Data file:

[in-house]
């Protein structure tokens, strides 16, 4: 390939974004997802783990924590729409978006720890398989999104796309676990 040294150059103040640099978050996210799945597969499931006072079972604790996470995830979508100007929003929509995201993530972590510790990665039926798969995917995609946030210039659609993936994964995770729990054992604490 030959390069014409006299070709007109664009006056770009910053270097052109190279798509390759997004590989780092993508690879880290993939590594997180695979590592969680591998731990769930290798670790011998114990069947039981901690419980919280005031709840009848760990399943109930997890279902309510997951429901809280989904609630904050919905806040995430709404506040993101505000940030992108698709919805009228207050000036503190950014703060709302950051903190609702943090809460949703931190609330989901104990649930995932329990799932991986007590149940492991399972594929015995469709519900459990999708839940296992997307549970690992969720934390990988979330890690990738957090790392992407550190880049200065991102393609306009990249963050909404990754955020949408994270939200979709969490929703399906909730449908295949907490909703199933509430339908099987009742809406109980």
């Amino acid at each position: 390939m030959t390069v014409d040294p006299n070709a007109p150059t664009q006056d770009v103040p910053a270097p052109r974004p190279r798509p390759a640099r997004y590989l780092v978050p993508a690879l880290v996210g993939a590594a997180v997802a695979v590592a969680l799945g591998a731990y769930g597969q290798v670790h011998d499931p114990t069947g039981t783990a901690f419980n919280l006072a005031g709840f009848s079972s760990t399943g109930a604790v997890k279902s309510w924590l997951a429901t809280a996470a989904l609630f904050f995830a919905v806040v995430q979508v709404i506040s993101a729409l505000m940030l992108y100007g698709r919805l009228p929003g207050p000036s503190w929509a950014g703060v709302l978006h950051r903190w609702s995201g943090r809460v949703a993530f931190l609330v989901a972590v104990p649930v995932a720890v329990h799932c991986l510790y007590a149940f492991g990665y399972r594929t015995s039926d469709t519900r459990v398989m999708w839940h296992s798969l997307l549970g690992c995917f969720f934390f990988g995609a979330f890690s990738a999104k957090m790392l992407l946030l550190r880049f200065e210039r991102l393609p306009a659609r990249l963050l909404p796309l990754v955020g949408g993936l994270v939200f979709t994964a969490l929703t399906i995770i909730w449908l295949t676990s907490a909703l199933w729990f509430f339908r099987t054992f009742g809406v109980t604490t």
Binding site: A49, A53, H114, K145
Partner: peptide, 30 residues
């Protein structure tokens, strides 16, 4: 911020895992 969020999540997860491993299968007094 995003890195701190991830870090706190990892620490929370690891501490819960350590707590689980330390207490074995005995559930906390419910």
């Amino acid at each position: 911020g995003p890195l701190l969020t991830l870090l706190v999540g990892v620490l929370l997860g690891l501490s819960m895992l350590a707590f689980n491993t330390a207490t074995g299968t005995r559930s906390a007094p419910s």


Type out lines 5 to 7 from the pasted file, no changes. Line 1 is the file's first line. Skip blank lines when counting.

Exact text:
Partner: peptide, 30 residues
């Protein structure tokens, strides 16, 4: 911020895992 969020999540997860491993299968007094 995003890195701190991830870090706190990892620490929370690891501490819960350590707590689980330390207490074995005995559930906390419910």
């Amino acid at each position: 911020g995003p890195l701190l969020t991830l870090l706190v999540g990892v620490l929370l997860g690891l501490s819960m895992l350590a707590f689980n491993t330390a207490t074995g299968t005995r559930s906390a007094p419910s």